Owly,The tragedy of this


The tragedy of this business is we are not seeing the 'fall of the Berlin Wall 1989 moment' but rather the Prague Spring or worse still the Hungarian revolution of 1956. If Gaddafi wins it will snuff out the lamp of Liberty across the Middle East and some of us will not live to see it relit. 

I still have hope.  I remember when the Yugoslav war was raging.  The Serbs had control of half of Croatia and all of Bosnia basically, and everything seemed hopeless.  I remember a Croatian leader stating rather casually that his forces could drive the Serbs out of Croatia in 3 days or less.  He seemed crazy, but a month or so later the Croats suddenly rose up and smashed the Serbs.  They drove them completely out of the country in a single afternoon.

It is disheartening to see "the rebels" getting driven out of town after town, but I have to believe that somewhere out there in the Libyan desert there are camps training the actual force that will fight Gadaffi with organization, determination, and tactic.

I was hoping that these rebels that are in Brega and Ras Lanuf would be semi-disciplined fighters that could stall the loyalist advance in the effort to give the forces in Benghazi more time to coalesce into an actual army.  It is going to take training to teach people how to fight armor with nothing more than RPGs.  If such combat is in an urban setting I would always give the advantage to squads of RPG weilding infantry over tanks.  When fighting erupts in the streets of Benghazi, it is going to be between loyalist troops of questionable moraleand loyalty on one side and a force of rebels who understand that they are probably fighting for their very lives.  They know that their choice is to either stand on their feet and take a bullet in the chest while aiming a RPG at a tank, or surrender and take a bullet to the back of the head while on their knees.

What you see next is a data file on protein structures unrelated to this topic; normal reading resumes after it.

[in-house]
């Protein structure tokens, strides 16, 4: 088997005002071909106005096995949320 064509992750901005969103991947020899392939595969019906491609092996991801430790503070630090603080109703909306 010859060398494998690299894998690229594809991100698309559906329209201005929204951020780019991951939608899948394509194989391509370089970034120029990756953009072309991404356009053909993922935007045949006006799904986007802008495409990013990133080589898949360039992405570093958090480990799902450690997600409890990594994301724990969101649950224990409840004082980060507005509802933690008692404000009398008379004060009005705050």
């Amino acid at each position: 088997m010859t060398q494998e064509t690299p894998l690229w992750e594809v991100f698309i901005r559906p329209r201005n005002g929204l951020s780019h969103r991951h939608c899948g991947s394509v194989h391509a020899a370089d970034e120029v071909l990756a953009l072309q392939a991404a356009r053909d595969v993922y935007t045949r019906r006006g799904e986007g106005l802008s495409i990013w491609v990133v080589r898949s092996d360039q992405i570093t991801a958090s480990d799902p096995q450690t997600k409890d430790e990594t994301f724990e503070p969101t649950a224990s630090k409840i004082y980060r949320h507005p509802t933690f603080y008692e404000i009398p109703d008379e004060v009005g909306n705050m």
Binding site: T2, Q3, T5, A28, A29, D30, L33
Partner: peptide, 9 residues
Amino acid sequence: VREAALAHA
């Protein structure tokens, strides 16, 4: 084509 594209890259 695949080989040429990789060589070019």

I don't think that Gadaffi is doing anything more than driving the rebellion underground at the moment.  Libyan defiance of Gadaffi has been unleashed, and it can never be fully contained as long as this remains a Libyan affair.  If the West gets involved in this, I do believe that there will be a sizable contingent of Libyans that would rather rally around Gadaffi than tolerate foreign meddling.  That might be only 10% of Libyans, but that might be enough to change the balance of power on the ground as more people join the loyalist cause.

As I have repeatedly said here, this is going to take a while.  It is going to get worse before it gets better, but we have to be strong and stay out of it.  (I would like to see an embargo on Libyan oil, however.)


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